30 November, 2005

The Return of the Golden Age

    The day before Pippin opened at Livestock, the set still wasn't finished so I headed to the studio directly after work and helped our set designer, David Bell, with painting the stage. When I walked in, I was greeted by the beautiful strains of The Light in the Piazza, a cast album I'd be dying to hear ever since reading excellent reviews from people whose opinions I trusted. I decided that I really needed to purchase the album -- and see the show, but that's highly unlikely unless it goes on tour.
     So I bought the album on amazon.com. It came in while I was away for Thanksgiving.
     The Light in the Piazza is a musical about the vitality of love and Adam Guettel, the show's composer and lyricist, does an excellent job of capturing that. The first strains of beautiful harp and strings in the overture are reminiscent of the timeless musicals of the Golden Age and leave the hair on your arms standing on end. Guettel's orchestrations are nothing less than masterful -- in musicality, emotion, and, thus, beauty. It's sometimes flowing, sometimes soaring, sometimes delicate, and sometimes Sondheim-esque. And the lyrics are just as beautiful. The music and lyrics seem the perfect blend between Rogers & Hammerstein and Sondheim. Rogers & Hammerstein can sometimes seem too melodic, too beautiful, too simple while Sondheim seems very intellectual with odd melodies and interesting rhymes. Guettel takes the best of both worlds and seamlessly stitches them together. Even Fabrizio's broken English is somehow beautiful.
     If you can believe it, the voices match and sometimes surpass the beauty of the music and lyrics. Victoria Clark (who won a Tony Award for her performance) is nothing short of perfect. Her southern accent takes a bit of getting used to for those of us accustomed to the usually perfect diction of musical theatre, but once you get over that, Clark takes you on an unforgettable emotional journey. Kelli O'Hara is also quite amazing, with the beautifully clear, legit soprano that has been missing from Broadway for a long time. Except for the occasional dropping of the Southern accent, her characterization is flawless. And Matthew Morrison is just a joy to listen to. He has such a beautiful and unbelievably rich baritone, yet he keeps a boyish feel to it. The ensemble is equally amazing. It's so delightful to hear an old fashioned musical again.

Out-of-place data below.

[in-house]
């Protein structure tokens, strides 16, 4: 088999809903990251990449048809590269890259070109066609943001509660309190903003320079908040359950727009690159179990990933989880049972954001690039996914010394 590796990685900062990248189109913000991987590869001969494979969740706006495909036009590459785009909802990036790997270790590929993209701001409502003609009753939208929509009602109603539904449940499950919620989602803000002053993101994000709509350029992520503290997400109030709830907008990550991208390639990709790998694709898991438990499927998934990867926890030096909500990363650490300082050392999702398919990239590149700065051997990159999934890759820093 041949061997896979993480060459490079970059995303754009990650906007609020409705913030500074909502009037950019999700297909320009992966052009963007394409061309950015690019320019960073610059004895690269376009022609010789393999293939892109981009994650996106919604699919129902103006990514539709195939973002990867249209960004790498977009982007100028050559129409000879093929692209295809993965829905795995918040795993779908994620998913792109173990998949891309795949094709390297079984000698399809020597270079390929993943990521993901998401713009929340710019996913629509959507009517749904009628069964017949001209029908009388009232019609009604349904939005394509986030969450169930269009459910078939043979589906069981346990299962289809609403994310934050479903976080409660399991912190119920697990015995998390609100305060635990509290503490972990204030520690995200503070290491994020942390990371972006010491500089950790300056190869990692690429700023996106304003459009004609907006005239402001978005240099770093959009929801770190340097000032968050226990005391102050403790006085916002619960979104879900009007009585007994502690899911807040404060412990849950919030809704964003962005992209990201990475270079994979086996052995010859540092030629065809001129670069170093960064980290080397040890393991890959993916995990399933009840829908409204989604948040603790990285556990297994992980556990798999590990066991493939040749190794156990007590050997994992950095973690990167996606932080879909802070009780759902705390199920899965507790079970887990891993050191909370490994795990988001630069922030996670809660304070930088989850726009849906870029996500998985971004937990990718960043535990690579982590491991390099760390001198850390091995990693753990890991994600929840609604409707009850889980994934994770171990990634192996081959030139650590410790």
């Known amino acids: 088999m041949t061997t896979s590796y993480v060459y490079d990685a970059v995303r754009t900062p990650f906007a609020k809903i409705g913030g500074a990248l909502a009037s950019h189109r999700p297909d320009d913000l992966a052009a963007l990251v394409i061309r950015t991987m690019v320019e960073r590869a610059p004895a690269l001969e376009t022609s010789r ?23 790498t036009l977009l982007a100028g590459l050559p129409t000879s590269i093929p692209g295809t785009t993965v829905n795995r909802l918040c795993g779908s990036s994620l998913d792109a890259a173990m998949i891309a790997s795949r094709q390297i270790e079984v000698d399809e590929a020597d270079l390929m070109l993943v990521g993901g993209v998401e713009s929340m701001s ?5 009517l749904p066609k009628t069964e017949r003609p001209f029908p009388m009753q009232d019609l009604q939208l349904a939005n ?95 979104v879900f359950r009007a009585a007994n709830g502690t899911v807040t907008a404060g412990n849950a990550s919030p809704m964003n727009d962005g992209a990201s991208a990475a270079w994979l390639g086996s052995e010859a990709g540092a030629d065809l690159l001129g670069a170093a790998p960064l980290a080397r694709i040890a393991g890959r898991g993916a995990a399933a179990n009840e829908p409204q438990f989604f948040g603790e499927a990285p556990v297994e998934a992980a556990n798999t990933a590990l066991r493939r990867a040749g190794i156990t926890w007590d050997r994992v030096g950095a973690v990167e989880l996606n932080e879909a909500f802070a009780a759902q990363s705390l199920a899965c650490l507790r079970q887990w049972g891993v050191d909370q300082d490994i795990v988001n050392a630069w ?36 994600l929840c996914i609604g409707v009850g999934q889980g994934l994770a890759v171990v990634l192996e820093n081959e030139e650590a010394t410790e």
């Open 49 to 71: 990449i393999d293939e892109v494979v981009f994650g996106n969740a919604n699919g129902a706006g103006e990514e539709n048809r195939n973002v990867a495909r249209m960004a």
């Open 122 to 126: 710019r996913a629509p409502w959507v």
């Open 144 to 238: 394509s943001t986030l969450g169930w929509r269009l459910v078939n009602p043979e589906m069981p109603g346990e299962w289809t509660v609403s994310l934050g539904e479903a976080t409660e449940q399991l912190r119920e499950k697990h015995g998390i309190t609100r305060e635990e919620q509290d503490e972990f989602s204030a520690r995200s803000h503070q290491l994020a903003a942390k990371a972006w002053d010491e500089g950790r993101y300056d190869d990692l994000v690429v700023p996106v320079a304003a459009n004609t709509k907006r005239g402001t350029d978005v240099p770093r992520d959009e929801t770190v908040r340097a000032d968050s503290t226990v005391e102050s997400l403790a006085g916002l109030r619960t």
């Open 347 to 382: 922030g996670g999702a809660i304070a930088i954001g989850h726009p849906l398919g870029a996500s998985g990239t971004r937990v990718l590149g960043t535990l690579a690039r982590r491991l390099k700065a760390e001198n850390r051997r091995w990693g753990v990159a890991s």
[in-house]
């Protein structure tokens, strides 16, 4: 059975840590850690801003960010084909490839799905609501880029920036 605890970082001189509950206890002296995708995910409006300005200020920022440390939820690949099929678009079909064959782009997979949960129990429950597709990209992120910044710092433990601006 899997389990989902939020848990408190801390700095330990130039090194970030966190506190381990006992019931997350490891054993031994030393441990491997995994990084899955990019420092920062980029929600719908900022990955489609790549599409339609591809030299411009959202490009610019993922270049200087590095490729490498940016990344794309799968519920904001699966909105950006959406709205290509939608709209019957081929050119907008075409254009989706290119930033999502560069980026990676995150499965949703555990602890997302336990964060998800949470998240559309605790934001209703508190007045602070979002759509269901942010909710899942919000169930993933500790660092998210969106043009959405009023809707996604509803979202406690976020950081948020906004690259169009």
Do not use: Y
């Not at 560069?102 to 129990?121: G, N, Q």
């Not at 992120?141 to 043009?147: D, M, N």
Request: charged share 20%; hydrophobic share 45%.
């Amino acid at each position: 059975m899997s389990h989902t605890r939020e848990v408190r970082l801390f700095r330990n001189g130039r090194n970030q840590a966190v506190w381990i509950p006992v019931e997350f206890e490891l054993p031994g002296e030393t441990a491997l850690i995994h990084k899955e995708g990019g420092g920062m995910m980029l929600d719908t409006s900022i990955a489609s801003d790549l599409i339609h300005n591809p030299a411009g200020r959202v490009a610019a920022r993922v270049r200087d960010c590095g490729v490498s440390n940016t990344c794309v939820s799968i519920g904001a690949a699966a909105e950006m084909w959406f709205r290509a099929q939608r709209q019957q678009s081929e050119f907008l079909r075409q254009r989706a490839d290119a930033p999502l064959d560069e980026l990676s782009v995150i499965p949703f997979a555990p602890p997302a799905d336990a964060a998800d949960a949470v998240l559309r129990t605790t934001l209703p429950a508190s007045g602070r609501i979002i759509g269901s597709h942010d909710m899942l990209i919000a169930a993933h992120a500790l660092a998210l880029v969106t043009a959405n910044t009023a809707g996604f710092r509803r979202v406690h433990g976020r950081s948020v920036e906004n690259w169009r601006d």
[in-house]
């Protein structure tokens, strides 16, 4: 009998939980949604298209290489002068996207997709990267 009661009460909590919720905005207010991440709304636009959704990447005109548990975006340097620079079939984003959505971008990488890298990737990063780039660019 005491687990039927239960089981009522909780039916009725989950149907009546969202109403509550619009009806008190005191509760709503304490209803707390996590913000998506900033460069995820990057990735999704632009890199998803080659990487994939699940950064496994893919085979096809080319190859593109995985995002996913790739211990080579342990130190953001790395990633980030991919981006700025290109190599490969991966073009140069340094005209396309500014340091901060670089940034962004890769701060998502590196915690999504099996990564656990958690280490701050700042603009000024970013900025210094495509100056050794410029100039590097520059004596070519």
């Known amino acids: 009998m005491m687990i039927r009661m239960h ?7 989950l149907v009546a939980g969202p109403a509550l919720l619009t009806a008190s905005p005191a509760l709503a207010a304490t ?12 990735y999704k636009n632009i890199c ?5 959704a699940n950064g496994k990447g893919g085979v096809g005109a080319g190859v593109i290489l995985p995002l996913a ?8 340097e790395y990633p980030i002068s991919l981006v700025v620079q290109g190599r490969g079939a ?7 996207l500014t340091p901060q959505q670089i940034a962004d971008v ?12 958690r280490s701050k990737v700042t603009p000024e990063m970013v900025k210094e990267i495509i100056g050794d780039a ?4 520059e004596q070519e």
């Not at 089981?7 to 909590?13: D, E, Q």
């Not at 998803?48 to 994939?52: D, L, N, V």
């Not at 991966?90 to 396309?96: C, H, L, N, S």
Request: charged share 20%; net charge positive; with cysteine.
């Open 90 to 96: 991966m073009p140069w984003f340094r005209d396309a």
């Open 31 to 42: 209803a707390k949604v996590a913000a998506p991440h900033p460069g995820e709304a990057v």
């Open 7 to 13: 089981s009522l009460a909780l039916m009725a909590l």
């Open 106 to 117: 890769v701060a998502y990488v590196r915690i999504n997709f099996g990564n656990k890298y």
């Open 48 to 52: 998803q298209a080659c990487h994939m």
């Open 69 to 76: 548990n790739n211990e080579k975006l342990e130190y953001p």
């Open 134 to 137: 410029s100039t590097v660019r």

While the entire score is beautiful, there are, of course, some stand out songs, namely the title song, "The Beauty Is", "Dividing Day", the beautiful love song, "Say It Somehow", the journey of "Fable", and Morrison's shining moment, "Love To Me".
     The Light in the Piazza, originally slated to close January 31st, is still running in New York at the Vivian Beaumont Theatre in Lincoln Center, where the producers extended it's run again, this time through July 2nd. For those fans of musical theatre longing for the return of the classic musicals of the Golden Age, I highly recommend this show. If only I can make my way to the city to see it for myself.

1 comment:

  1. hhmmm...maybe i'll have to relent my criticism of Light in the Friggin' Piazza...sounds like it kicks the crap out of such idiocies as Frogs or La Cage Au Fols (sp?)...;-)...i hope i just offended some nerdy Weaver people ;-)